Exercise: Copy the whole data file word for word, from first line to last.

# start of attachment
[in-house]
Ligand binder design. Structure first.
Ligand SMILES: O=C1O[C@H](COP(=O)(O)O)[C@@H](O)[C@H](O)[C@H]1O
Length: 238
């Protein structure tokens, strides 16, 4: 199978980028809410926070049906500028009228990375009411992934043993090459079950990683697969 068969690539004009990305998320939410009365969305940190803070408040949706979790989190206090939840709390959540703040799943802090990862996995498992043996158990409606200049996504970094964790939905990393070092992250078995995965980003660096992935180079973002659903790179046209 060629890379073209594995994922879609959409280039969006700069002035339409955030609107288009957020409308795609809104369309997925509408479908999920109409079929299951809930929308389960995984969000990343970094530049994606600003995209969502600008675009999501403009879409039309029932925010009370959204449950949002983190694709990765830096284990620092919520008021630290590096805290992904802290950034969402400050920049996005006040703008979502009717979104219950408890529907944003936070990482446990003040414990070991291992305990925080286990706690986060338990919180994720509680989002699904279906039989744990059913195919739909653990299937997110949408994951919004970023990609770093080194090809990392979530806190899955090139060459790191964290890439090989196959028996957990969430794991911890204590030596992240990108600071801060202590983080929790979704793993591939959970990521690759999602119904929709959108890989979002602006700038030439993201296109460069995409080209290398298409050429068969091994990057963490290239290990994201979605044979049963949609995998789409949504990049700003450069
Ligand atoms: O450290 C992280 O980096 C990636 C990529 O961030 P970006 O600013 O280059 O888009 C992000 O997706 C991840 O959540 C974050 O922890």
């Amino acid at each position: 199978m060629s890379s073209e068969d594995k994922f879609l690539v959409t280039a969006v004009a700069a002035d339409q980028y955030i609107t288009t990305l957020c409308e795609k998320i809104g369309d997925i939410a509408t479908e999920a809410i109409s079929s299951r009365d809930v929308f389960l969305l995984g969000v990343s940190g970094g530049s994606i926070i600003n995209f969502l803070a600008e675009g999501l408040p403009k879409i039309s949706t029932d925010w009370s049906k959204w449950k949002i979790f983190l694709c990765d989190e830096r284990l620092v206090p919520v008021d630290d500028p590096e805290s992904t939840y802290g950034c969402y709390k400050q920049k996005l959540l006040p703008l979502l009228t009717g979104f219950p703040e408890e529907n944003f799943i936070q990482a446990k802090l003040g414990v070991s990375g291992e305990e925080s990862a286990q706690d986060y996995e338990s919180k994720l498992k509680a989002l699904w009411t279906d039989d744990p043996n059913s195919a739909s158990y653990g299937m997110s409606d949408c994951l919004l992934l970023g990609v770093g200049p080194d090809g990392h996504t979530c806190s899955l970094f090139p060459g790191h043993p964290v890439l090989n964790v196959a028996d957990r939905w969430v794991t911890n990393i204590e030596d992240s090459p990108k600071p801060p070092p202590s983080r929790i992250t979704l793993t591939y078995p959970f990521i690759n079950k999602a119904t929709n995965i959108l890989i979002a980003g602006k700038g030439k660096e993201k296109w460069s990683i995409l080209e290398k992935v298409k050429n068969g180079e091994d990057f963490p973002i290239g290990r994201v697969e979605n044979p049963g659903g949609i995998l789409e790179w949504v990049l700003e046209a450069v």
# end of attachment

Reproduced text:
[in-house]
Ligand binder design. Structure first.
Ligand SMILES: O=C1O[C@H](COP(=O)(O)O)[C@@H](O)[C@H](O)[C@H]1O
Length: 238
């Protein structure tokens, strides 16, 4: 199978980028809410926070049906500028009228990375009411992934043993090459079950990683697969 068969690539004009990305998320939410009365969305940190803070408040949706979790989190206090939840709390959540703040799943802090990862996995498992043996158990409606200049996504970094964790939905990393070092992250078995995965980003660096992935180079973002659903790179046209 060629890379073209594995994922879609959409280039969006700069002035339409955030609107288009957020409308795609809104369309997925509408479908999920109409079929299951809930929308389960995984969000990343970094530049994606600003995209969502600008675009999501403009879409039309029932925010009370959204449950949002983190694709990765830096284990620092919520008021630290590096805290992904802290950034969402400050920049996005006040703008979502009717979104219950408890529907944003936070990482446990003040414990070991291992305990925080286990706690986060338990919180994720509680989002699904279906039989744990059913195919739909653990299937997110949408994951919004970023990609770093080194090809990392979530806190899955090139060459790191964290890439090989196959028996957990969430794991911890204590030596992240990108600071801060202590983080929790979704793993591939959970990521690759999602119904929709959108890989979002602006700038030439993201296109460069995409080209290398298409050429068969091994990057963490290239290990994201979605044979049963949609995998789409949504990049700003450069
Ligand atoms: O450290 C992280 O980096 C990636 C990529 O961030 P970006 O600013 O280059 O888009 C992000 O997706 C991840 O959540 C974050 O922890």
């Amino acid at each position: 199978m060629s890379s073209e068969d594995k994922f879609l690539v959409t280039a969006v004009a700069a002035d339409q980028y955030i609107t288009t990305l957020c409308e795609k998320i809104g369309d997925i939410a509408t479908e999920a809410i109409s079929s299951r009365d809930v929308f389960l969305l995984g969000v990343s940190g970094g530049s994606i926070i600003n995209f969502l803070a600008e675009g999501l408040p403009k879409i039309s949706t029932d925010w009370s049906k959204w449950k949002i979790f983190l694709c990765d989190e830096r284990l620092v206090p919520v008021d630290d500028p590096e805290s992904t939840y802290g950034c969402y709390k400050q920049k996005l959540l006040p703008l979502l009228t009717g979104f219950p703040e408890e529907n944003f799943i936070q990482a446990k802090l003040g414990v070991s990375g291992e305990e925080s990862a286990q706690d986060y996995e338990s919180k994720l498992k509680a989002l699904w009411t279906d039989d744990p043996n059913s195919a739909s158990y653990g299937m997110s409606d949408c994951l919004l992934l970023g990609v770093g200049p080194d090809g990392h996504t979530c806190s899955l970094f090139p060459g790191h043993p964290v890439l090989n964790v196959a028996d957990r939905w969430v794991t911890n990393i204590e030596d992240s090459p990108k600071p801060p070092p202590s983080r929790i992250t979704l793993t591939y078995p959970f990521i690759n079950k999602a119904t929709n995965i959108l890989i979002a980003g602006k700038g030439k660096e993201k296109w460069s990683i995409l080209e290398k992935v298409k050429n068969g180079e091994d990057f963490p973002i290239g290990r994201v697969e979605n044979p049963g659903g949609i995998l789409e790179w949504v990049l700003e046209a450069v």